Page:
For the past 3 years I have been able to keep my boats inside of a friends barn, and although not heated, it was protecting it from the elements. This year I have my LSV tucked away at my mother in-laws house, tightly covered up with the batteries out, and all seat cushions sitting in my garage. Up until this point we have not had a terrible winter - no real snow or anything, just temps dipping pretty low for a few days (talking 0 - 10 degrees). I winterized the LSV the same way I did with my Malibu last year, but I keep worrying about it this year (likely since the boat is a decent drive away from me this year). This is what I did -
-Drained the block by removing the plugs
-Drained the water out of the Vdrive by pulling two plugs
-Drained exhaust by separating the hose connecting the manifolds and letting the water run out
-Disconnected the hoses running into the impeller housing
-Pulled hoses from the tstat housing and dumped RV antifreeze through the hoses (to bypass the tstat).
I'd say that pretty much wraps it up. I did have a ton of water drain from the block, and a ton from the manifolds. I also left the Antifreeze in, but I only used about ~2 gallons when pouring into the block. Also, I left the hoses going into the t-stat housing open for ventilation purposes. Do you guys think I have to worry having only used 2 gallons?
no heater or shower?
biggest thing to draining water is to allow room for expansion if there is some left over that can freeze. sounds like you did what needed to be done.
Originally Posted by sandm
Yeah no shower or heater. I removed the transom plug to let additional water that could have possibly seeped in through the cover to drain as well. Also put fuel stabilizer in the tank. I just like to worry...i'm apparently a fan of anxiety:)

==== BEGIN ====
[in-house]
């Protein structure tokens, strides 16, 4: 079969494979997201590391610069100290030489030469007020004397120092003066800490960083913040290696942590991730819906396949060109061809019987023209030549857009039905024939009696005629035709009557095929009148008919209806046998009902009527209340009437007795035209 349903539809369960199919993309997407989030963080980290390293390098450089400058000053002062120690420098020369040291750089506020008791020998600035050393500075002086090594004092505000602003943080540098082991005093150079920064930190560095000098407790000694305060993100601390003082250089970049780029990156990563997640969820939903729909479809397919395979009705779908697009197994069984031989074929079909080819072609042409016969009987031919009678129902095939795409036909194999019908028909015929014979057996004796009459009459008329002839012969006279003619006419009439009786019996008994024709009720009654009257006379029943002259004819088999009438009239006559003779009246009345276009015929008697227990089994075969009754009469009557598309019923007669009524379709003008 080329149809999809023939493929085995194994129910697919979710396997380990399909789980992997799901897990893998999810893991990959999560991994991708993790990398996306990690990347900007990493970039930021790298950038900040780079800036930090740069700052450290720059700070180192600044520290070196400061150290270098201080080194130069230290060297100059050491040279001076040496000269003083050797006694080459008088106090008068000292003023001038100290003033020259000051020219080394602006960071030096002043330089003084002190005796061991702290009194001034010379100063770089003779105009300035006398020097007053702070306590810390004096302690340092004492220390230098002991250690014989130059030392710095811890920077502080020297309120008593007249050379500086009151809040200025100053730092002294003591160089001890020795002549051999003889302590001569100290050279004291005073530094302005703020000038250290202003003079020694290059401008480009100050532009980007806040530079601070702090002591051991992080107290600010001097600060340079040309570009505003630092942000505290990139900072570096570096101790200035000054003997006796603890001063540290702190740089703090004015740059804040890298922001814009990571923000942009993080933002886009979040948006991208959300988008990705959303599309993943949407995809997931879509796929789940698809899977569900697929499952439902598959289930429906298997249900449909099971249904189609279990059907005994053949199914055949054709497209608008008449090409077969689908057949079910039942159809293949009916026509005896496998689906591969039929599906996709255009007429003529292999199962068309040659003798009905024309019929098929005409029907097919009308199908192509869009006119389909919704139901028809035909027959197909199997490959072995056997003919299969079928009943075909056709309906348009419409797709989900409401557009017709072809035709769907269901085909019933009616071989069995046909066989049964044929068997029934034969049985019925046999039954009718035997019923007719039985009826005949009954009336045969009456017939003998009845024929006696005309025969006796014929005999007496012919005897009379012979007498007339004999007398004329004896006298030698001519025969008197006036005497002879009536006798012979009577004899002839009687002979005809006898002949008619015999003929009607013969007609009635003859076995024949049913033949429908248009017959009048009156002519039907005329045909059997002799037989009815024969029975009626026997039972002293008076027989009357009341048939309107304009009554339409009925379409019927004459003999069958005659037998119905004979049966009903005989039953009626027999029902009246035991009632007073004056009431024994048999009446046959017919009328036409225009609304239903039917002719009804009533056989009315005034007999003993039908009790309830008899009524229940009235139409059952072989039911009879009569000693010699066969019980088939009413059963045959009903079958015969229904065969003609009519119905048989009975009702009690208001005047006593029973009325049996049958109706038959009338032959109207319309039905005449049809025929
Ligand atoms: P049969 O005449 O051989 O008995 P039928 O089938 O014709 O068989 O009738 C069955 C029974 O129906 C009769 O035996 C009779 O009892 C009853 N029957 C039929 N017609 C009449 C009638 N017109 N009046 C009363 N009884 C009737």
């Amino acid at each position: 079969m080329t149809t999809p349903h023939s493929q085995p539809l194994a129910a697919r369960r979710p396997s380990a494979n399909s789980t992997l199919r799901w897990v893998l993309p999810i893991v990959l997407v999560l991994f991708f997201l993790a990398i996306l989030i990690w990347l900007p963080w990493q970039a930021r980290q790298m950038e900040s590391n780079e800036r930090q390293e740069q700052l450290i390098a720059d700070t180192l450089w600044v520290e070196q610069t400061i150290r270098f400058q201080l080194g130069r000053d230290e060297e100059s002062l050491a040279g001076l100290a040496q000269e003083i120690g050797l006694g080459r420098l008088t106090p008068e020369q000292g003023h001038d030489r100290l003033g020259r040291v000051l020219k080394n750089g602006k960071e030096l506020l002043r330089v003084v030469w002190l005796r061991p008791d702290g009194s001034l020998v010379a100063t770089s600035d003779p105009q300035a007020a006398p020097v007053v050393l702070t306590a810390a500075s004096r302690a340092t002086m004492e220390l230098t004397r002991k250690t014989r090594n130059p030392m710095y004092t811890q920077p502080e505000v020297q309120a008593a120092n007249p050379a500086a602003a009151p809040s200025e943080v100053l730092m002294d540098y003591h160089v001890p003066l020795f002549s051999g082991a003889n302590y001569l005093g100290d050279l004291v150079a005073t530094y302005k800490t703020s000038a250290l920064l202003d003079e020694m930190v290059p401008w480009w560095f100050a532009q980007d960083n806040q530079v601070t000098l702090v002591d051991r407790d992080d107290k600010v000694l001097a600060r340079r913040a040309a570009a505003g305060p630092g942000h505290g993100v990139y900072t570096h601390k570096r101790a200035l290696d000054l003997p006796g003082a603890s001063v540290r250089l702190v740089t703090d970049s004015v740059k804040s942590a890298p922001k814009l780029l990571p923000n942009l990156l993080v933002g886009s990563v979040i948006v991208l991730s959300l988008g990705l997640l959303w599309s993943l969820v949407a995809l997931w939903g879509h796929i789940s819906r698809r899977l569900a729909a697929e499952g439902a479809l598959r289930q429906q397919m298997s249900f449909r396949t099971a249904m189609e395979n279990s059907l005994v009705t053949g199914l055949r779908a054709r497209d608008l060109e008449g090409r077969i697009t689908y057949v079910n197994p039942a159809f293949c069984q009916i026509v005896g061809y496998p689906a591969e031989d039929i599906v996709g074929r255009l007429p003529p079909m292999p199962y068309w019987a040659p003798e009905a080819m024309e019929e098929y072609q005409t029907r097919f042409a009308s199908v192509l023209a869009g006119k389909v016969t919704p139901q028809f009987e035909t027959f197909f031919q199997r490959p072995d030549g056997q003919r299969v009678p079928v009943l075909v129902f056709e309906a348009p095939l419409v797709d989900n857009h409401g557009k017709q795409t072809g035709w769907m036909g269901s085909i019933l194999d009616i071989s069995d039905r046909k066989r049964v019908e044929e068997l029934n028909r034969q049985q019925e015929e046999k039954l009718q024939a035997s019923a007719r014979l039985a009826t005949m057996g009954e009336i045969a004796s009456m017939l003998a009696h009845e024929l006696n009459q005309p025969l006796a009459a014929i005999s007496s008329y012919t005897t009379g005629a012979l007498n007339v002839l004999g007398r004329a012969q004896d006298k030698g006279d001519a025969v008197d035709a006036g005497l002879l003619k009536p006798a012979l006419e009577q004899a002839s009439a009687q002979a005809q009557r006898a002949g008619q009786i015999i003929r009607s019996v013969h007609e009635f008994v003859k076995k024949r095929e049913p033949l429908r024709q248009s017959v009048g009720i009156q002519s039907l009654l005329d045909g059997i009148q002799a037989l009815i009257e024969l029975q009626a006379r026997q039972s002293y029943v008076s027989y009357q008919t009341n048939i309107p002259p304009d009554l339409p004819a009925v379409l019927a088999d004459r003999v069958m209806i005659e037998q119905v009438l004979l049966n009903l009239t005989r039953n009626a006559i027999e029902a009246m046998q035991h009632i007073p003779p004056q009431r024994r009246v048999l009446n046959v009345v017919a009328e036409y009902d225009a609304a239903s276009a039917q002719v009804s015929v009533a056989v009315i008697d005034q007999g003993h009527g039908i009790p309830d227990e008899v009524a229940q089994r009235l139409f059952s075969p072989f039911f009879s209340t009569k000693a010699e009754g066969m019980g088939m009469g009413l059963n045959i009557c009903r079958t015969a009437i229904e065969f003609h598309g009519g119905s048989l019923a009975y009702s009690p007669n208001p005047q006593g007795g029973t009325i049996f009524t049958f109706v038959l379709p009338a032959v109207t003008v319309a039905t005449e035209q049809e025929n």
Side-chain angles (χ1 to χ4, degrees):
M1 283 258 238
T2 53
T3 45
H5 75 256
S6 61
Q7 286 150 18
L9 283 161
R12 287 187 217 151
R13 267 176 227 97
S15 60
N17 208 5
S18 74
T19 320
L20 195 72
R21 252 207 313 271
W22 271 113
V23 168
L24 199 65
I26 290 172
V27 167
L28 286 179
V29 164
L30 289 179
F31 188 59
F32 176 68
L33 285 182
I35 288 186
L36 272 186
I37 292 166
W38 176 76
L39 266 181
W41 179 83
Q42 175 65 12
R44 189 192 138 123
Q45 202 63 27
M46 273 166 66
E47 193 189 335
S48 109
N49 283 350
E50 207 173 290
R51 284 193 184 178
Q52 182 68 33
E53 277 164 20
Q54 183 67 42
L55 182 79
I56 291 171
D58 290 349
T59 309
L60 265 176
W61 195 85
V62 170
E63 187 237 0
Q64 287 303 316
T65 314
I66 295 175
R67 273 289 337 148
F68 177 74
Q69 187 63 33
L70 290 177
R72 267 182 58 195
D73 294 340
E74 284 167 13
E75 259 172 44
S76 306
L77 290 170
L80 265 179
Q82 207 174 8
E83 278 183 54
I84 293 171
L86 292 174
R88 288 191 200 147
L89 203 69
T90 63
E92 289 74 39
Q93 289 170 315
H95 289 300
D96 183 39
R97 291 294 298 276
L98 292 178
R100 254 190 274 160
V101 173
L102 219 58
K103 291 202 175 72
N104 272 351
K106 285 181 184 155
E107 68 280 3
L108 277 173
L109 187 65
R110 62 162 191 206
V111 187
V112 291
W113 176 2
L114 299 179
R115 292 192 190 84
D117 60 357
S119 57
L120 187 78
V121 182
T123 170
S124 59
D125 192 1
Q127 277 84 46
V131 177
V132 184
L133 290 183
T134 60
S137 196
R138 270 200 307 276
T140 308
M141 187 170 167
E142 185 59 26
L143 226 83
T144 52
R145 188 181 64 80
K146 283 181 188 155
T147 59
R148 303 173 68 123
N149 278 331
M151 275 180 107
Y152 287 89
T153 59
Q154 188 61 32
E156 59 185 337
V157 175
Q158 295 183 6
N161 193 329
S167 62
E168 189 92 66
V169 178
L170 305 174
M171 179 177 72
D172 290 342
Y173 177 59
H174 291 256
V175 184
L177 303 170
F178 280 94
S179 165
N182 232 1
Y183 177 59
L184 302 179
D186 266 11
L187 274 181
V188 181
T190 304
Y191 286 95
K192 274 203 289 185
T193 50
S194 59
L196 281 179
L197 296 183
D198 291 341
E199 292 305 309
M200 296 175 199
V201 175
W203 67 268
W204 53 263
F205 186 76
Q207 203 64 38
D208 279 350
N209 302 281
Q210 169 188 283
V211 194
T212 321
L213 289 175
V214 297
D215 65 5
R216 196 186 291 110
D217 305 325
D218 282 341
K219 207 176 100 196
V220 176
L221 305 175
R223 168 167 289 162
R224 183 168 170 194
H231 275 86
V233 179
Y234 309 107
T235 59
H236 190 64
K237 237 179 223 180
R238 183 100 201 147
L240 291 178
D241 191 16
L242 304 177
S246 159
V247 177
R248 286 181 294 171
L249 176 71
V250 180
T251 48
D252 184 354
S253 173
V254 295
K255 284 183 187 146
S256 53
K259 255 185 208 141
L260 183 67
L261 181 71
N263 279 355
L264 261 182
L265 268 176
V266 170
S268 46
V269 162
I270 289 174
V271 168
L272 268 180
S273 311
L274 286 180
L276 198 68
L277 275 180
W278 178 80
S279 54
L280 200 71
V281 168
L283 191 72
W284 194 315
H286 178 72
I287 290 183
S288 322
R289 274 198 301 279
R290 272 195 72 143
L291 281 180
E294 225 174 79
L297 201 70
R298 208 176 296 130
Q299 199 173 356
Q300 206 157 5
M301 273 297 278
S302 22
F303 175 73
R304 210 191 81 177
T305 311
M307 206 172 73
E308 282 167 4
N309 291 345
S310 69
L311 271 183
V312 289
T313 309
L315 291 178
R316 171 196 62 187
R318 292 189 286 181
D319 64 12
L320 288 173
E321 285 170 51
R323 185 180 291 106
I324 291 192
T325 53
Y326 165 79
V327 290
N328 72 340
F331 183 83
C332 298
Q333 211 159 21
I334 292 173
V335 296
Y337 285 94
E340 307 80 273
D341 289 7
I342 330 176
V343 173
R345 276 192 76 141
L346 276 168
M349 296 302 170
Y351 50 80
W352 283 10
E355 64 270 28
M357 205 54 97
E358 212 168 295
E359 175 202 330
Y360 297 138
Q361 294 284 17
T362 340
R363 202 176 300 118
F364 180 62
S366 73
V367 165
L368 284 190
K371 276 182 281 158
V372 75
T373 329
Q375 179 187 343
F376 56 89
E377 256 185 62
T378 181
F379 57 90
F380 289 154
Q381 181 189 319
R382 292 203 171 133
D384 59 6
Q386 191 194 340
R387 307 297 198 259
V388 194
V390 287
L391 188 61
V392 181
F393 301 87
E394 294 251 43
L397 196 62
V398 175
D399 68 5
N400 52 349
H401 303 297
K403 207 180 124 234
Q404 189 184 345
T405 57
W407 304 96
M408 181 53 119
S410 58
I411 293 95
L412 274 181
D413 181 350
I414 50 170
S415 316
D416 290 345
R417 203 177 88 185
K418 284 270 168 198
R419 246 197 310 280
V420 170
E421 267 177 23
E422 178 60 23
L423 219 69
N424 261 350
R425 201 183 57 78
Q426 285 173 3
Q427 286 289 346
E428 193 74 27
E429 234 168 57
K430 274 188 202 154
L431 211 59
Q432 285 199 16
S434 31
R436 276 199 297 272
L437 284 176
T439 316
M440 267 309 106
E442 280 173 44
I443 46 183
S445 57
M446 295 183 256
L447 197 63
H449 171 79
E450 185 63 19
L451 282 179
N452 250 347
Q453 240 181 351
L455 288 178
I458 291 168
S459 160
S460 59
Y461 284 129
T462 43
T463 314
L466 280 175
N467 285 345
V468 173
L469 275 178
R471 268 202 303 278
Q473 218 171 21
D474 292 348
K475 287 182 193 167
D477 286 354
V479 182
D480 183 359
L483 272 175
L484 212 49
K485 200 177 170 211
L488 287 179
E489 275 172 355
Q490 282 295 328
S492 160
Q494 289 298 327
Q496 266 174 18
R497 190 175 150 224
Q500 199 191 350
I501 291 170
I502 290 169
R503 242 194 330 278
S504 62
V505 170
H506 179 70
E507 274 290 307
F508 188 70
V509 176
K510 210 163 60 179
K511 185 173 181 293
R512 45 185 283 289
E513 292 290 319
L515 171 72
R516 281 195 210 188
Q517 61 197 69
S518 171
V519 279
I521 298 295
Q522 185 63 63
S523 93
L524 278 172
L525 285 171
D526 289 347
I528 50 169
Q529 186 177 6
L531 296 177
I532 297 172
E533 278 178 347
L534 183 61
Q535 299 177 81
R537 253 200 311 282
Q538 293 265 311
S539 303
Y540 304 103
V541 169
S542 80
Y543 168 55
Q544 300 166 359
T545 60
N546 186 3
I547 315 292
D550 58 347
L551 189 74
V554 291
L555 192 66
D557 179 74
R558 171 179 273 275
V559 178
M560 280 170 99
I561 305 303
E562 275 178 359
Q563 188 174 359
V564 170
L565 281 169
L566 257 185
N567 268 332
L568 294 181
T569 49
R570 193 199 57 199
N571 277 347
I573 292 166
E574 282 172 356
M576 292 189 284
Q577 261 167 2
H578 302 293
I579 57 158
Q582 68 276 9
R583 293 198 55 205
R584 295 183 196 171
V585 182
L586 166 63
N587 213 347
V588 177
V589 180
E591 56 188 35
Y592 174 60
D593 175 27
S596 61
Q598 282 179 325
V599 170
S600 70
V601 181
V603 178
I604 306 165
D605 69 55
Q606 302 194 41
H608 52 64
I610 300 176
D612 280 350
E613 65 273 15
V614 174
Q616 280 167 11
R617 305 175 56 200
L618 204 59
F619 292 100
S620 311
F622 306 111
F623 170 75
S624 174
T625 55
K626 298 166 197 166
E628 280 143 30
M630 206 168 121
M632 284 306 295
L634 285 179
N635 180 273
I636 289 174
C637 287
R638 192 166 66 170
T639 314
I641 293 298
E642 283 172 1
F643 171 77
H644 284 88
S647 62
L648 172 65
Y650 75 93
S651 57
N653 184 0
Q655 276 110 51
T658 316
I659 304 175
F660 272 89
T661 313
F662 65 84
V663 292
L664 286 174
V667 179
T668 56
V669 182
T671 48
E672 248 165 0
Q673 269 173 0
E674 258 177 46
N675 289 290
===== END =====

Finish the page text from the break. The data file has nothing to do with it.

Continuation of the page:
You're covered. I haven't even had to put my trouble light in the bilge this year. Coldest night so far was 38.
Sounds solid to me as well. You know... now that you mention it. I never disconnect my bateries. Does it kill them if you don't??? Mine stays in garage.
I pulled mine out and connected them to a tender in my garage. I've lost 4 batteries between 2 boats in the last 2 seasons, 2 of them being optima blues. i'm not sure that its related to leaving them hooked up, or if its more-so related to the cold weather compared to you guys in Texas.
The worst thing you can do for a battery besides overcharging is letting it sit below 12.2 volts for any length of time particularly in cold weather. A battery will lose 50% of its charge in 50days, more in a colder environment. To prolong battery life you should keep it above 70% charge.
I agree. My boat unfortunetely sits outside in my backyard,yearround,and at this moment is buried under a fresh blanket of snow. It is double tarped ,second tarp acting as a tent to keep snow weight off the towing tarp. We just went through a cold snap with temps including windchill hitting -39Celcious. Don't know the conversion for this. All i can say is this is @#$% cold even for us.
Getting back on track this is how i winterize my boat every year including taking batteries out and charge and store them in my basement ,furnace room,topping with a charger a couple times during winter.My primary battery is still good and it came from 07. This year i will serious look at replacing,but i have had it tested and they(battery shop) keep telling me its still fine.
You should be fine...
I leave my batteries in, I just plug in my prosport 20 and forget about it for 3 months lol
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I still have the original battery in mine. It has never seen a battery charger. Again, I do start mine about every 3-4 weeks.